are perfunctory at best, because they are based solely on the fact that Amtrak has operated at a
loss over the years. But the Court need not decide whether VBR has adequately alleged that
Amtrak is pricing its tickets to Yankee below its costs, because VBR has not plausibly alleged
that Amtrak will be able to recoup the loss it is allegedly taking by pricing its tickets so low.
VBR’s first and third theories—that Amtrak will recoup its losses by selling more
railway tickets through Yankee or by cutting out Yankee and taking over Amtrak Vacations
itself—are not plausible. Amtrak could not recoup its losses by selling more railway tickets to
Yankee or more vacation packages directly to customers unless Amtrak substantially increased
its prices—either its wholesale prices to Yankee or its package rates to customers—to well above
its costs. If Amtrak were to raise those prices for long enough to recover the billions of dollars
that VBR alleges Amtrak has lost (see [72-1] at 8), this would allow other players in the market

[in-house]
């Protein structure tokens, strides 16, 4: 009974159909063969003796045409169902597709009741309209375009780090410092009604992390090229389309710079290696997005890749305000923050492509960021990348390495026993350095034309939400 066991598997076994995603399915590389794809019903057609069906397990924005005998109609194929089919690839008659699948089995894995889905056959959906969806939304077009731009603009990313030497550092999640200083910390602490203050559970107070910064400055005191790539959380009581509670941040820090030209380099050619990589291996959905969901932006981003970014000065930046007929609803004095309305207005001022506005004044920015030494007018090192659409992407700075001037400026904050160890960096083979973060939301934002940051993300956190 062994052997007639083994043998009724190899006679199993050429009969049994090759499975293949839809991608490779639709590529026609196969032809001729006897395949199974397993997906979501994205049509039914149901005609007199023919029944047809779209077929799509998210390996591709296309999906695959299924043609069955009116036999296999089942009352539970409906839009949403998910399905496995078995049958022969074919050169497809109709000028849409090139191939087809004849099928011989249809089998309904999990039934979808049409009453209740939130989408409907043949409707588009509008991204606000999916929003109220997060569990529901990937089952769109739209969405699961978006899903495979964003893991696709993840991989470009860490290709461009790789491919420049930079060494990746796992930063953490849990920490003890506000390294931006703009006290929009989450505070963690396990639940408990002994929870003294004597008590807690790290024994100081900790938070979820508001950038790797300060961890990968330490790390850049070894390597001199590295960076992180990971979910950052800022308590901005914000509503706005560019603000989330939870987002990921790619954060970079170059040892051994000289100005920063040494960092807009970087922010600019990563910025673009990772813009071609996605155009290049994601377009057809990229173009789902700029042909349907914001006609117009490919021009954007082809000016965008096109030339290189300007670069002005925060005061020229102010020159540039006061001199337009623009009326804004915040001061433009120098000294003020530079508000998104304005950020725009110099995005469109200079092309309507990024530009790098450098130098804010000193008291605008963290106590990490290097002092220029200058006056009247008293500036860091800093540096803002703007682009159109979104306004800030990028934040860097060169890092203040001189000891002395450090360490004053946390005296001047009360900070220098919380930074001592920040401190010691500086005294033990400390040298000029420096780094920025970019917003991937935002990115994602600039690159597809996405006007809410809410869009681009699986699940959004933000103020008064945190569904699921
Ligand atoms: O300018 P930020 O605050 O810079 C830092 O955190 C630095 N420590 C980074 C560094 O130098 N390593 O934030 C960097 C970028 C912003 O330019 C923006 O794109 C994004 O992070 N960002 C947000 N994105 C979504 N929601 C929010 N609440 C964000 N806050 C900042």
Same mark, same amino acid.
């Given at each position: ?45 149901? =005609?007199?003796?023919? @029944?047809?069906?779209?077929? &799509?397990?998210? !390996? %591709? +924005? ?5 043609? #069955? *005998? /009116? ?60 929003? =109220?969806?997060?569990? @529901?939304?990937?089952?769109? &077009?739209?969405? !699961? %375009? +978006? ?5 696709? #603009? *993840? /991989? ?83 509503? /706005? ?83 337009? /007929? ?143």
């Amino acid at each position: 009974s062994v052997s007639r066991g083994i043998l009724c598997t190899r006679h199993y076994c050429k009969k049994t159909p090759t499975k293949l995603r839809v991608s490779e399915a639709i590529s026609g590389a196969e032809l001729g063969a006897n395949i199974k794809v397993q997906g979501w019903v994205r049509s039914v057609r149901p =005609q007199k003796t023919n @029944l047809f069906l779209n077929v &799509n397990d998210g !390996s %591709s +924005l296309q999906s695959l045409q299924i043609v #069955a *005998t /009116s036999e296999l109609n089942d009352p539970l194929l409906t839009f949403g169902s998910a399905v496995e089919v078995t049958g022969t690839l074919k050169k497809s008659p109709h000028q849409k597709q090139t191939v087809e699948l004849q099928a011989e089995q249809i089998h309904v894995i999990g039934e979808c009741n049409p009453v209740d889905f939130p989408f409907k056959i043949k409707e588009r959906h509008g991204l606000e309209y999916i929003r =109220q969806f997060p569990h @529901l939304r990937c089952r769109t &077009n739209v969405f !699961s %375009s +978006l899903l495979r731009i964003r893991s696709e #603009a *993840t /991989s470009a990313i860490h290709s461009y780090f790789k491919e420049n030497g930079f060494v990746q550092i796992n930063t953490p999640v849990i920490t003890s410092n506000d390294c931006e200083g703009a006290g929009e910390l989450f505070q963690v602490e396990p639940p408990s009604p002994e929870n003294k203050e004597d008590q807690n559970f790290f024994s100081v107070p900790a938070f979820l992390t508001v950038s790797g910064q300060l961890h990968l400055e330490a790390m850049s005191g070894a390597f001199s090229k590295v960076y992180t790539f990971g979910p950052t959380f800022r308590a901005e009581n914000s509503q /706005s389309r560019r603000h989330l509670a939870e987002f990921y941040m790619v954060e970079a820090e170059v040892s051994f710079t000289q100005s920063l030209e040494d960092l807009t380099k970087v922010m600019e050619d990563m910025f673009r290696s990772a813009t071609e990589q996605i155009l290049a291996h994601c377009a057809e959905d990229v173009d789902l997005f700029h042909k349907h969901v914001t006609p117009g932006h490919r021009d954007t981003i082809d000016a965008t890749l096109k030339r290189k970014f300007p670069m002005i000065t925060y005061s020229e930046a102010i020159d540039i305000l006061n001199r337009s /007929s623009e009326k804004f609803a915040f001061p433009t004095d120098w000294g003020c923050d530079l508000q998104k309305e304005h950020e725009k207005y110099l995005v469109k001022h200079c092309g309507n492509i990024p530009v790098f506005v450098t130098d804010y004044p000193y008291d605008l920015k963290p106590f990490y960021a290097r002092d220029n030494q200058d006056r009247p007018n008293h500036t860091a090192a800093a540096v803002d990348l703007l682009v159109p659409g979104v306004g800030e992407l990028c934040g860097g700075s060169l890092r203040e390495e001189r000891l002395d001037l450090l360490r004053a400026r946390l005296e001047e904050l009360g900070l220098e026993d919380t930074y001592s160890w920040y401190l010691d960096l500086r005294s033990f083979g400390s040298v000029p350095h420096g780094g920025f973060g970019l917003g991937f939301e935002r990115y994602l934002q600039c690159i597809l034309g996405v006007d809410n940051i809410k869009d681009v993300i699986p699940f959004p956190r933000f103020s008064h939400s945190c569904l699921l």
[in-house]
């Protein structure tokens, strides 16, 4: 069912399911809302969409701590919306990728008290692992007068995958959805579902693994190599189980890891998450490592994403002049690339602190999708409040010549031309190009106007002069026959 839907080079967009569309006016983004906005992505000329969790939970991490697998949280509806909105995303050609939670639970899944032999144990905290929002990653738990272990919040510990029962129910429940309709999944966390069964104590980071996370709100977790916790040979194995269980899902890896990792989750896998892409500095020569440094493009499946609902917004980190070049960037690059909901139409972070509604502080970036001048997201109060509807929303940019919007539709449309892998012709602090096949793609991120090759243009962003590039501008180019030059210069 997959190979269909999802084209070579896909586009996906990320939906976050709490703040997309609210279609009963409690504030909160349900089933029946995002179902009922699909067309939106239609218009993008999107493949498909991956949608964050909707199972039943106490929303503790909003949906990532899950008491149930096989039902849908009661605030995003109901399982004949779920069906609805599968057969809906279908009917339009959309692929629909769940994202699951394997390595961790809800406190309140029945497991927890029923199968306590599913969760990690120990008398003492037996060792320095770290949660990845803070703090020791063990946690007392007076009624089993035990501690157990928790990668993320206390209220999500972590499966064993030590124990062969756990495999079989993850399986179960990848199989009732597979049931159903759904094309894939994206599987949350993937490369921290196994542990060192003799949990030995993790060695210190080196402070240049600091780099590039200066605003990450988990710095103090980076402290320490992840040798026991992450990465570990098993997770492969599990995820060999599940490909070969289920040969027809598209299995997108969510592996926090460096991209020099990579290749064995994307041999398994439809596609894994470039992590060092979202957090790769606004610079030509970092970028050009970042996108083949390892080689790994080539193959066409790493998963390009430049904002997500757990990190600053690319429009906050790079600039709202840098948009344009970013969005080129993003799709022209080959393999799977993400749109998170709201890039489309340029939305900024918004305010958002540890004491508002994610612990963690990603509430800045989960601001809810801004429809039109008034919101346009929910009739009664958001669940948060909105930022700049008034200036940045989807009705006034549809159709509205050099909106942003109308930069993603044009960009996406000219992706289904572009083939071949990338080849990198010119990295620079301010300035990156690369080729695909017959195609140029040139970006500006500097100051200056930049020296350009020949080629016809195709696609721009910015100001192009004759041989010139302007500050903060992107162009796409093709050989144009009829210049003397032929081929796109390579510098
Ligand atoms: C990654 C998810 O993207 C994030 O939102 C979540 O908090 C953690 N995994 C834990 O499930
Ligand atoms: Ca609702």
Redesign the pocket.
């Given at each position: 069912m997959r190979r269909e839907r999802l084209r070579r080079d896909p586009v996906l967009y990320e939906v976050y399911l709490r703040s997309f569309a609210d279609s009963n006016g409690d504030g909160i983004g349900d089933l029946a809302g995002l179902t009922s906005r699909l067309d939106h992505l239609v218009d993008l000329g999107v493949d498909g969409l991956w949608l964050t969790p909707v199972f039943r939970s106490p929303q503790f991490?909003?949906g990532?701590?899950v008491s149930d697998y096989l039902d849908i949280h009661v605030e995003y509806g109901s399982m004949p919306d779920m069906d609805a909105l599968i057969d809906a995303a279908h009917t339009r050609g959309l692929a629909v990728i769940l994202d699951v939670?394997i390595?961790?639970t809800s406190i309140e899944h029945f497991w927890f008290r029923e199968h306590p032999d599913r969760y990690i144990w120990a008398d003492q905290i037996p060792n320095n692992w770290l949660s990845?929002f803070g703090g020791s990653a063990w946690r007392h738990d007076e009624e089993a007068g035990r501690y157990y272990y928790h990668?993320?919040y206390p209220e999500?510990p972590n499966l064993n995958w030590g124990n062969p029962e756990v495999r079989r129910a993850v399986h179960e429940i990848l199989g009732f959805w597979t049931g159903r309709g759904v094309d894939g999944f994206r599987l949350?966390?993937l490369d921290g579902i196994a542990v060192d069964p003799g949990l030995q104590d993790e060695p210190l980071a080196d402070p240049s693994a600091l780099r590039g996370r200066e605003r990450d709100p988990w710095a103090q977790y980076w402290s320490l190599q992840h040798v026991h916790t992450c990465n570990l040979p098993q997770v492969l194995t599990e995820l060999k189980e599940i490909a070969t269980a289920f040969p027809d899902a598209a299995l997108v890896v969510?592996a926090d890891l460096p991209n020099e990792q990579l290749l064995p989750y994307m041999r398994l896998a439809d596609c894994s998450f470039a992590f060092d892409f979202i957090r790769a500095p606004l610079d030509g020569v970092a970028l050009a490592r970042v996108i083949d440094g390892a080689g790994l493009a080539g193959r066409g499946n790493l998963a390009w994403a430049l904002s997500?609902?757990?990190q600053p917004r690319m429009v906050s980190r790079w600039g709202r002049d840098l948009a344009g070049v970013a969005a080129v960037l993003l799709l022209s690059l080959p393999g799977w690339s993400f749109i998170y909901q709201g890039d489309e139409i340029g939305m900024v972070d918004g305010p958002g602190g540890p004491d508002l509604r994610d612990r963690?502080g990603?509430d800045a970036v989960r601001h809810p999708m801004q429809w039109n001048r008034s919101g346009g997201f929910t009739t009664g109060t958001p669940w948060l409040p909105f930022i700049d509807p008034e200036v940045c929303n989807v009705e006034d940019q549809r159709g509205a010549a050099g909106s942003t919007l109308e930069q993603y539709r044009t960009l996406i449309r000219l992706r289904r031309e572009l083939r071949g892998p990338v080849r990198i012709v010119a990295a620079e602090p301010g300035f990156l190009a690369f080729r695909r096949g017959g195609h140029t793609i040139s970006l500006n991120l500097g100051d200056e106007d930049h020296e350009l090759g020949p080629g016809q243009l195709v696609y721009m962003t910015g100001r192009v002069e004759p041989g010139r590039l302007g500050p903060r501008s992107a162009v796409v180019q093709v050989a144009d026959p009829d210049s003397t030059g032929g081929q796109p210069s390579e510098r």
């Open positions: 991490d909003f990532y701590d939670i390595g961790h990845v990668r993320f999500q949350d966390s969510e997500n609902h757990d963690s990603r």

to compete by combining Amtrak tickets purchased at retail price with the other components of a
travel package. In short, the alleged predatory pricing scheme would not plausibly allow Amtrak
“recoupment of losses during a sufficiently long period of monopoly pricing.” Ashkanazy v. I.
Rokeach & Sons, Inc., 757 F. Supp. 1527, 1538 (N.D. Ill. 1991); see also Brook Grp., 509 U.S. at
225-26 (explaining that predators “must obtain enough market power to set higher than
competitive prices, and then must sustain those prices long enough to earn in excess profits what
they earlier gave up in below-cost prices”).
VBR’s second theory of recoupment is not plausible, either. The proposed amended
complaint gives no suggestion as to how Amtrak’s sale of tickets to Yankee at below cost will
allow it to “increase its passenger ridership figures,” which according to VBR would allow
Amtrak to receive more federal funding. [72-1] at 30-31. This conclusory allegation is also